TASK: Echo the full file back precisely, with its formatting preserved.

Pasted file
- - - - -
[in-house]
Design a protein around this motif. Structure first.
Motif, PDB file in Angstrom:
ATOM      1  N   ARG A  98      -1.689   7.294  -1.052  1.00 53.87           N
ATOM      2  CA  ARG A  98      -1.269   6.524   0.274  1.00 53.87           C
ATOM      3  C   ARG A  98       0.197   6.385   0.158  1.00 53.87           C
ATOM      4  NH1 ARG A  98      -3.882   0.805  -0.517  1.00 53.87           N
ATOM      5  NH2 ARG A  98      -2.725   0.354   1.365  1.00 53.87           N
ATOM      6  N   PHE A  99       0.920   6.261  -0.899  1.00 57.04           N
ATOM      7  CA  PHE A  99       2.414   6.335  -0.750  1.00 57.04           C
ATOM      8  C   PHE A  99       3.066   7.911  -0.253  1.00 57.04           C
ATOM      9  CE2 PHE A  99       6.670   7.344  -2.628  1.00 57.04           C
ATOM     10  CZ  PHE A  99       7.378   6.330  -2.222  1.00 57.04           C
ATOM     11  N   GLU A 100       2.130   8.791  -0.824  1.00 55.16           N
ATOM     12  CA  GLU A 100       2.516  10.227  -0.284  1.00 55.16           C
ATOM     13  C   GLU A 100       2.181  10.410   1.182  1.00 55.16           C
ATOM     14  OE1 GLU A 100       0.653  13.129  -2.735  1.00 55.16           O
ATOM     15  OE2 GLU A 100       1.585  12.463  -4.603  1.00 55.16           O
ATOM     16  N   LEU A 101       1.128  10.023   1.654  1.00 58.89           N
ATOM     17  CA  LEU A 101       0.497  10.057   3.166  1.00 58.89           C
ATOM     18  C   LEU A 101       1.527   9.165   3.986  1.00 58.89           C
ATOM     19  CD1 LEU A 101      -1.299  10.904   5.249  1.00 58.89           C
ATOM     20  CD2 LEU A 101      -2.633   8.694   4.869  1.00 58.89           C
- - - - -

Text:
[in-house]
Design a protein around this motif. Structure first.
Motif, PDB file in Angstrom:
ATOM      1  N   ARG A  98      -1.689   7.294  -1.052  1.00 53.87           N
ATOM      2  CA  ARG A  98      -1.269   6.524   0.274  1.00 53.87           C
ATOM      3  C   ARG A  98       0.197   6.385   0.158  1.00 53.87           C
ATOM      4  NH1 ARG A  98      -3.882   0.805  -0.517  1.00 53.87           N
ATOM      5  NH2 ARG A  98      -2.725   0.354   1.365  1.00 53.87           N
ATOM      6  N   PHE A  99       0.920   6.261  -0.899  1.00 57.04           N
ATOM      7  CA  PHE A  99       2.414   6.335  -0.750  1.00 57.04           C
ATOM      8  C   PHE A  99       3.066   7.911  -0.253  1.00 57.04           C
ATOM      9  CE2 PHE A  99       6.670   7.344  -2.628  1.00 57.04           C
ATOM     10  CZ  PHE A  99       7.378   6.330  -2.222  1.00 57.04           C
ATOM     11  N   GLU A 100       2.130   8.791  -0.824  1.00 55.16           N
ATOM     12  CA  GLU A 100       2.516  10.227  -0.284  1.00 55.16           C
ATOM     13  C   GLU A 100       2.181  10.410   1.182  1.00 55.16           C
ATOM     14  OE1 GLU A 100       0.653  13.129  -2.735  1.00 55.16           O
ATOM     15  OE2 GLU A 100       1.585  12.463  -4.603  1.00 55.16           O
ATOM     16  N   LEU A 101       1.128  10.023   1.654  1.00 58.89           N
ATOM     17  CA  LEU A 101       0.497  10.057   3.166  1.00 58.89           C
ATOM     18  C   LEU A 101       1.527   9.165   3.986  1.00 58.89           C
ATOM     19  CD1 LEU A 101      -1.299  10.904   5.249  1.00 58.89           C
ATOM     20  CD2 LEU A 101      -2.633   8.694   4.869  1.00 58.89           C